Paris-based Sanofi (SNY) announced yesterday that it was terminating its option and license agreement with Fremont, Calif.-based Ardelyx (ARDX) for its NaP2b inhibitors. The termination will go into effect Sept. 30, 2015.

 

On Feb. 24, 2014, Ardelyx inked a licensing deal with Sanofi for its NaP2b inhibitor program, also known as NaPi2b, Npt2b and SLC34A2. Ardelyx received $1.25 million upfront, and development and regulatory milestones were projected to hit up to $198 million. There is no payment related to the termination and rights return.

NaP2b is an intestinal phosphate transporter which is involved in a major part of dietary phosphate absorption in humans. Inhibiting NaP2b is believed to be useful for the treatment of elevated serum phosphate (hyperphosphatemia) in patients with end stage renal disease (ESRD) and other types of chronic kidney disease (CKD).

“We are pleased to regain control over research on NaP2b and look forward to leveraging our knowledge of these inhibitors and their effect on phosphate management as we seek to further understand the mechanisms around phosphate lowering with tenapanor,” said Jeremy Caldwell, executive vice president and chief scientific officer of Ardelyx in a statement. “Importantly, we can now deepen our understanding of NaP2b effects utilizing our proprietary research capabilities, which was not fully possible under the terms of the Sanofi agreement.”

In June of this year, Ardelyx terminated an agreement with AstraZeneca PLC (AZN) for Ardelyx’s portfolio of NHE3 inhibitors, including the company’s lead candidate, tenapanor. To terminate the agreement, Ardelyx is paying AstraZeneca $15 million upfront with other contingent payments in the future. The company will also pay $10 million in research and development costs to accelerate the transfer. This deal was originally signed in October 2012.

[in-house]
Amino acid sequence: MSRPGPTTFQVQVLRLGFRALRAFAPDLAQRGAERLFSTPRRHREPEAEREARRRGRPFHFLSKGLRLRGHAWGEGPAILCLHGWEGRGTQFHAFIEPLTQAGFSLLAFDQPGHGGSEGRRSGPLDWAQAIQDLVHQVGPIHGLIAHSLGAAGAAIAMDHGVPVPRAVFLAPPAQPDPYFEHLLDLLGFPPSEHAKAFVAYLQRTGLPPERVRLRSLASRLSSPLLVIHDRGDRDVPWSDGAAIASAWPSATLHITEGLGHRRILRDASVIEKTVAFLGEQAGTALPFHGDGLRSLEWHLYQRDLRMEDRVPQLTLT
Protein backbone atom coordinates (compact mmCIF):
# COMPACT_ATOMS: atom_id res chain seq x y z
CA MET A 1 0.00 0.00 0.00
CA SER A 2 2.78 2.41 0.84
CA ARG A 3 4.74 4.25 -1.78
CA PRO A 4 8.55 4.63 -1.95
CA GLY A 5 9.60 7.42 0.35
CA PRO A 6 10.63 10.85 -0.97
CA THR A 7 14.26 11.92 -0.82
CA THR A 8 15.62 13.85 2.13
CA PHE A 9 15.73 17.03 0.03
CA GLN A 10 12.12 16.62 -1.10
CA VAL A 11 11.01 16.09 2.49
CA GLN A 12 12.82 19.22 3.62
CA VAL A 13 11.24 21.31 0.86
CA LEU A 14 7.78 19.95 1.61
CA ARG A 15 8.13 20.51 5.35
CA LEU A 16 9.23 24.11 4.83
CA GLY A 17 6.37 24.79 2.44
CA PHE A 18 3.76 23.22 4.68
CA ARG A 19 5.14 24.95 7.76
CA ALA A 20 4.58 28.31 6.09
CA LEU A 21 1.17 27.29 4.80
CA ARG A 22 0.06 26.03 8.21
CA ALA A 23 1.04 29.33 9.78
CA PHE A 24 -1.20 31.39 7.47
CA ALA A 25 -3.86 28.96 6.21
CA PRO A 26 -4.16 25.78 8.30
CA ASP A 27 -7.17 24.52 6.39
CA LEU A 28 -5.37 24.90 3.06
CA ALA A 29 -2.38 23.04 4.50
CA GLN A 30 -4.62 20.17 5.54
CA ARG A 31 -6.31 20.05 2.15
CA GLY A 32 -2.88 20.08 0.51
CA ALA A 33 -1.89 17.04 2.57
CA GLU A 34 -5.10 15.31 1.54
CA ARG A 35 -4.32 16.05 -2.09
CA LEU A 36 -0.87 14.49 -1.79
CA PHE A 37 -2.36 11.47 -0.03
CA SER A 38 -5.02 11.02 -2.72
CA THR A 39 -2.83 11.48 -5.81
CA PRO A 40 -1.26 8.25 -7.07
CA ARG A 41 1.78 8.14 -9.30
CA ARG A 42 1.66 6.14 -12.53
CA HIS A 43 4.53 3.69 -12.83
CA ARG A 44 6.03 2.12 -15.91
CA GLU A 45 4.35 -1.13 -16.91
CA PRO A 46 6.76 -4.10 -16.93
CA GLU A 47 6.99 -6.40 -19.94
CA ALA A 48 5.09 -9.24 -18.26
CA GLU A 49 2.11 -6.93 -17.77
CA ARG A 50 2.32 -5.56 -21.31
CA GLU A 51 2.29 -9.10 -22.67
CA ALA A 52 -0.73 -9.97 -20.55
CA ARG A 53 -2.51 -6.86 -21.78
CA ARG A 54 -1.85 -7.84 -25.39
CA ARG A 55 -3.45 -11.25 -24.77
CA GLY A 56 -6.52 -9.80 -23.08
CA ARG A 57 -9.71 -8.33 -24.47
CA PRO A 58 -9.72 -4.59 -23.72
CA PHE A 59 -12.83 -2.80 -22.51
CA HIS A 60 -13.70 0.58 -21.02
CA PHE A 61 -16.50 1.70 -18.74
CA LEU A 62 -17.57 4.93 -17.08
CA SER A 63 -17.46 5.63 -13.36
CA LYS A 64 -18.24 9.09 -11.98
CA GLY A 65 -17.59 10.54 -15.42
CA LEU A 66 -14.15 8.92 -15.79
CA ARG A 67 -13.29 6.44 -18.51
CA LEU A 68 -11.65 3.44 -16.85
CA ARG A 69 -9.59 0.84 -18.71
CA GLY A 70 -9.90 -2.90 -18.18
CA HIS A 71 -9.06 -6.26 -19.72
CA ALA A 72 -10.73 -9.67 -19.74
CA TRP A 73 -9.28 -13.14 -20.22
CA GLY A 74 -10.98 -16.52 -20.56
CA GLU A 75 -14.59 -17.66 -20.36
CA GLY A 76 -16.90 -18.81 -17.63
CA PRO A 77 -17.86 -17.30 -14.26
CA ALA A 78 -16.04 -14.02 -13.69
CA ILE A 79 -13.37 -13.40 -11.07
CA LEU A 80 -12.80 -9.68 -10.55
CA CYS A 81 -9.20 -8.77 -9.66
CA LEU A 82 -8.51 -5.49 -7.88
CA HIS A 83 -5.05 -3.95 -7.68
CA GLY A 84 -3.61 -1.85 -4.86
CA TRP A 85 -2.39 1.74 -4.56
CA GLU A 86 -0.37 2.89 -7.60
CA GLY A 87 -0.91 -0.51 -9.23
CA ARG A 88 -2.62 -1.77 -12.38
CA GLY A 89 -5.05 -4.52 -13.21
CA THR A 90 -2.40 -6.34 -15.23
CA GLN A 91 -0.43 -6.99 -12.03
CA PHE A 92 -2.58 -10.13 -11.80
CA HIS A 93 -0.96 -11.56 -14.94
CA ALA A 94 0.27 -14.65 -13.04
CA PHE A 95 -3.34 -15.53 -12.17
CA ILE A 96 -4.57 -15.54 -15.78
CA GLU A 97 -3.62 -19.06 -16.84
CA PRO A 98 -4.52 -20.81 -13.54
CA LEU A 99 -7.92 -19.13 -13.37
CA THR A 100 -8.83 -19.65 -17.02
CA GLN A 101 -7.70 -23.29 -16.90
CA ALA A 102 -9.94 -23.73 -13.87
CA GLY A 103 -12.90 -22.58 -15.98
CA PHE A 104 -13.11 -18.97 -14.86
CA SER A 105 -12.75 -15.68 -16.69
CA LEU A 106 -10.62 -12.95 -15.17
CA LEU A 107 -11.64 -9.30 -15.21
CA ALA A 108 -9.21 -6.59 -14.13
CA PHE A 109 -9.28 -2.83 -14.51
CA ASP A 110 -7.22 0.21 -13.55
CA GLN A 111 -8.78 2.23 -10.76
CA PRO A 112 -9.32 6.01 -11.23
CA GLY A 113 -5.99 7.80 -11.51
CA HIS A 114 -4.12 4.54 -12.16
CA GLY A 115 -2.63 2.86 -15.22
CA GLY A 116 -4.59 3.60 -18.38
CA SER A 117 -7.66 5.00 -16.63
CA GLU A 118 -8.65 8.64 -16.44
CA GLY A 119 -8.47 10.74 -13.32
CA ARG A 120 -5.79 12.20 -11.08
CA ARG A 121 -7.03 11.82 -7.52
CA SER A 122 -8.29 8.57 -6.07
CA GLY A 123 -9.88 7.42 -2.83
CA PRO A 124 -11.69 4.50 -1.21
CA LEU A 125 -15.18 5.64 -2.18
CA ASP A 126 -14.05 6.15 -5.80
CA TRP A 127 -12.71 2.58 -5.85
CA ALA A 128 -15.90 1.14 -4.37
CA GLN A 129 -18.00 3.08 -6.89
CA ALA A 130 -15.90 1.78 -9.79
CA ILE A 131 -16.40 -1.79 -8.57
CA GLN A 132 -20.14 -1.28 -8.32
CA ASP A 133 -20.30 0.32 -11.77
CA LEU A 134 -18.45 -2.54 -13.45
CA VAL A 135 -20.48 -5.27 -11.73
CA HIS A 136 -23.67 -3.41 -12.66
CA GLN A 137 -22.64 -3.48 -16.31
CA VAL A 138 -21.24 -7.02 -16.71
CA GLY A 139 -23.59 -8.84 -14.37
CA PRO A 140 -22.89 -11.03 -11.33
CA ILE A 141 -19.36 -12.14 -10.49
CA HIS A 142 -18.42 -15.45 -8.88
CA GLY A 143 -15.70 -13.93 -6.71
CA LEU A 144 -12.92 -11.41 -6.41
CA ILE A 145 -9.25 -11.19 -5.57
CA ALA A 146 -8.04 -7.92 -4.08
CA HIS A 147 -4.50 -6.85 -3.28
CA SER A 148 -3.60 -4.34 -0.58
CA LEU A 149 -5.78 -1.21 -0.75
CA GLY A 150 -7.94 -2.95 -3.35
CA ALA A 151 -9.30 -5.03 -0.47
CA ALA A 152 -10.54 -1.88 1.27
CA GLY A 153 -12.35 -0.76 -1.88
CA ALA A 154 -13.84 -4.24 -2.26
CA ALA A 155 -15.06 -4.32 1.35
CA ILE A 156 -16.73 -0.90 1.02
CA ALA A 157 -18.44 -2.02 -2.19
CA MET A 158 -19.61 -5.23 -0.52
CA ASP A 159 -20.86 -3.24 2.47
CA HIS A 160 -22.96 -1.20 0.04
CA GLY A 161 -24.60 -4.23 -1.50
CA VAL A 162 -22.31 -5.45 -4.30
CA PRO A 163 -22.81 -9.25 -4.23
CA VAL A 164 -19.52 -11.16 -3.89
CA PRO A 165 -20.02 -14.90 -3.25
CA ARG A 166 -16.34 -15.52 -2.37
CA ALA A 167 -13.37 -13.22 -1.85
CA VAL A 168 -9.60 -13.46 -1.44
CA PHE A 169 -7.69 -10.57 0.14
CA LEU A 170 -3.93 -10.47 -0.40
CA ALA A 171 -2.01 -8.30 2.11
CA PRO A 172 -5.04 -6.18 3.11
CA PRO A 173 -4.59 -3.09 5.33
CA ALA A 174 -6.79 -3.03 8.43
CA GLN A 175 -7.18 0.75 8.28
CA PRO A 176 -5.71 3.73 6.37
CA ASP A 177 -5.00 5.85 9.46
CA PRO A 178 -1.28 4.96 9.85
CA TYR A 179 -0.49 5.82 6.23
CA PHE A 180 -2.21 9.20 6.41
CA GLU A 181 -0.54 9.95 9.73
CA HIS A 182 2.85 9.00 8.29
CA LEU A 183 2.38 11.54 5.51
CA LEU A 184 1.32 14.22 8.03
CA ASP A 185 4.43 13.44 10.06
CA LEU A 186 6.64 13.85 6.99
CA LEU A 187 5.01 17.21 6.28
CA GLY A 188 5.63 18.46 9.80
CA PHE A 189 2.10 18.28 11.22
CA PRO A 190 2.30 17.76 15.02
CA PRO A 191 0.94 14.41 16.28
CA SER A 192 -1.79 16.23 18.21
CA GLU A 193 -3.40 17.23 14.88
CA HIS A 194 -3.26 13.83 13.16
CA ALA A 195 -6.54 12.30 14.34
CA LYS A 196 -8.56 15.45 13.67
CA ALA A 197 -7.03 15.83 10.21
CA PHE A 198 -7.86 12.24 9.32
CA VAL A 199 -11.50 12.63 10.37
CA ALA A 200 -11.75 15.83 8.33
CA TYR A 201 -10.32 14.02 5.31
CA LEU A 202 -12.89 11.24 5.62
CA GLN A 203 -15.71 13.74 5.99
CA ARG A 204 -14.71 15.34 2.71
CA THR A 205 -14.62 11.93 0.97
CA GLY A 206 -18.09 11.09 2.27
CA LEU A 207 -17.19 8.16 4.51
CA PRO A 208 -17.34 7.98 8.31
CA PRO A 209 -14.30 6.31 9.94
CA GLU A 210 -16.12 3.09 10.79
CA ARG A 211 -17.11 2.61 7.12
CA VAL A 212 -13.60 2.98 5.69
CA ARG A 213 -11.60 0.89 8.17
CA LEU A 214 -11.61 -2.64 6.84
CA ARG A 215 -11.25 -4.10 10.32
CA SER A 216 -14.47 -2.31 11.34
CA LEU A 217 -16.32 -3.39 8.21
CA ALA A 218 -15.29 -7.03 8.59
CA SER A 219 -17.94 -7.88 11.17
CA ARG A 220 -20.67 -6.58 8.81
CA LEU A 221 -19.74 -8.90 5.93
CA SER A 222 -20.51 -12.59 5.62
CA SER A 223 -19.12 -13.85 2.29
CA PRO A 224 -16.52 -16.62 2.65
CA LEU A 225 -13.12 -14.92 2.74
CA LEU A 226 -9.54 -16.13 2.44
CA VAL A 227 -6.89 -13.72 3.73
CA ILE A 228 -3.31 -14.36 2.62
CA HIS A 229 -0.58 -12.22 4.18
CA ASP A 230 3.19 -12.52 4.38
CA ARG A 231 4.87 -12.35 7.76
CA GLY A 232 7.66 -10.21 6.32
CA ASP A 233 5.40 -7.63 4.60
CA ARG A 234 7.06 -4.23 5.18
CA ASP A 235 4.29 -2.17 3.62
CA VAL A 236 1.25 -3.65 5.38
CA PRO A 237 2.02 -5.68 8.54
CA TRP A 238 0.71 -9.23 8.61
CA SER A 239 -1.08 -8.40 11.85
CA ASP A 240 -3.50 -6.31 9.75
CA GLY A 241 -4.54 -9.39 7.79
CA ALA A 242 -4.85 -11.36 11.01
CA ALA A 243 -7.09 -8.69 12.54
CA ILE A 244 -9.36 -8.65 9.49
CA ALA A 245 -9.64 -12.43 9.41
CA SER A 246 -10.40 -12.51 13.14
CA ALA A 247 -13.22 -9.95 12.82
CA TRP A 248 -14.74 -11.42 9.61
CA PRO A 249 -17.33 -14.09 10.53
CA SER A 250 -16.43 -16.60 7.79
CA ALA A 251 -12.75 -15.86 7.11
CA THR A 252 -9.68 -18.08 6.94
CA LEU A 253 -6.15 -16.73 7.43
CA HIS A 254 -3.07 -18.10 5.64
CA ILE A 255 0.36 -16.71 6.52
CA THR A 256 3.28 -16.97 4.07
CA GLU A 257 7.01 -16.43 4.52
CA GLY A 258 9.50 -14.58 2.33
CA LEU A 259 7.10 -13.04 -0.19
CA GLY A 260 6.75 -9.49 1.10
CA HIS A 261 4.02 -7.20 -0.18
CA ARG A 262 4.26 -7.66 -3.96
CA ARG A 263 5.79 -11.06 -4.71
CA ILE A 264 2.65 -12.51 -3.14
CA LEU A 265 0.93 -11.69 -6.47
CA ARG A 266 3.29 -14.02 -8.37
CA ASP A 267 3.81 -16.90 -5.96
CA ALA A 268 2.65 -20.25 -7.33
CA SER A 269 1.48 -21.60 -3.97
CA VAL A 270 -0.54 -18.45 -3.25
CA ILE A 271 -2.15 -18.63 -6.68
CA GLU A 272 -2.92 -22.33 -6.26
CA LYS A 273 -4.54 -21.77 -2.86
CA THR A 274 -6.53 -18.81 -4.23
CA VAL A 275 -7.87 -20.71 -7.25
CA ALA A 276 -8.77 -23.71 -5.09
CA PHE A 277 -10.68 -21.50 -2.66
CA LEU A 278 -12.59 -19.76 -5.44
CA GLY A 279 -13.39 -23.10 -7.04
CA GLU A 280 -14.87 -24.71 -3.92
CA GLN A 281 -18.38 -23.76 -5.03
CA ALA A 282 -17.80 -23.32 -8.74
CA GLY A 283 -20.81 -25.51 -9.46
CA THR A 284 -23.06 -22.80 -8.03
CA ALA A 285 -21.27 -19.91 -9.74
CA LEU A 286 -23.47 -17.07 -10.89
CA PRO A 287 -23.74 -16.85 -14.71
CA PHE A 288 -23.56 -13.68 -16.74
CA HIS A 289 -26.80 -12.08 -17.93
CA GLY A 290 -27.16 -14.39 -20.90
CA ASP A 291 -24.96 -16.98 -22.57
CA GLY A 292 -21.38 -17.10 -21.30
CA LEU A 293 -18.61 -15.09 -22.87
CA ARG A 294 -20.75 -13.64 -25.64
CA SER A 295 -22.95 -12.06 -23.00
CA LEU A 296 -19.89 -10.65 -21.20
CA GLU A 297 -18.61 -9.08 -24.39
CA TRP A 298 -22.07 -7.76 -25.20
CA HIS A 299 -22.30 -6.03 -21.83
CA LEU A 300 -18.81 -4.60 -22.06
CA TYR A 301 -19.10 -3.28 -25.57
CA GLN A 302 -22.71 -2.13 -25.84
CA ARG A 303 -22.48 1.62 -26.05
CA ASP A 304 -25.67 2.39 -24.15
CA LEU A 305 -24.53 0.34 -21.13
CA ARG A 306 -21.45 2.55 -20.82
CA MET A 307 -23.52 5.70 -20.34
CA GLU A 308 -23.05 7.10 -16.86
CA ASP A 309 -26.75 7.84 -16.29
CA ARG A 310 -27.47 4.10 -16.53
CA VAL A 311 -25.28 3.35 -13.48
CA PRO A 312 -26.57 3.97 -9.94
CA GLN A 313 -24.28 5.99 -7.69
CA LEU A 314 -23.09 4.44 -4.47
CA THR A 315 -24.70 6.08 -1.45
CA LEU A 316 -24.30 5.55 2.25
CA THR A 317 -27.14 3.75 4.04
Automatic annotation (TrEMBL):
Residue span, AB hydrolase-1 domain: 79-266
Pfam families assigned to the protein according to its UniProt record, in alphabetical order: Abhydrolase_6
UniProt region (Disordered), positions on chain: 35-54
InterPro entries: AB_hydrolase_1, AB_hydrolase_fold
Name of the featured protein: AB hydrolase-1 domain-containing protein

Tenapanor inhibits NHE3, a molecule that transports sodium in the gastrointestinal tract. Clinical trials have shown that it cuts the absorption of dietary sodium and phosphorus in the intestinal tract. Last year, in October 2014, the company reported positive results from a Phase IIb trial of tenapanor in treating patients with irritable bowel syndrome with constipation (IBS-C).

In a recent second quarter financial report the company indicated that tenapanor is being investigated in two separate clinical trials. “We have made significant progress towards our goal of becoming a fully-integrated bio-pharmaceutical company,” said Mike Raab, president and chief executive officer in a statement. “Under our leadership, tenapanor’s clinical development is accelerating, with a Phase III clinical program in IBS-C and a Phase IIb dosing trial in hyperphosphatemia patients on dialysis planned to begin in the fourth quarter of 2015. Our recent financing gives us the financial strength to initiate these late stage clinical programs and continues to pursue our goal to bring several compounds from the clinic to commercialization.”

Raad’s comment about recent financing refers to a June 3 announcement that Ardelyx had agreed to sell shares of its common stock and warrants in a private placement totaling about $77.8 million. The company’s largest shareholders, New Enterprise Associates (NEA), agreed to invest $50.2 million in the deal. The remaining $27.6 million would be invested by a combination of new and existing investors, including RA Capital Management, Broadfin Capital LLC, Cormorant Asset Management LLC, Foresite Capital Management, LLC, Rock Springs Capital Management LP, and a fund managed by Sabby Capital, LLC.

 

September 2, 2015
By Mark Terry, BioSpace.com Breaking News Staff

Source: BioSpace Featured News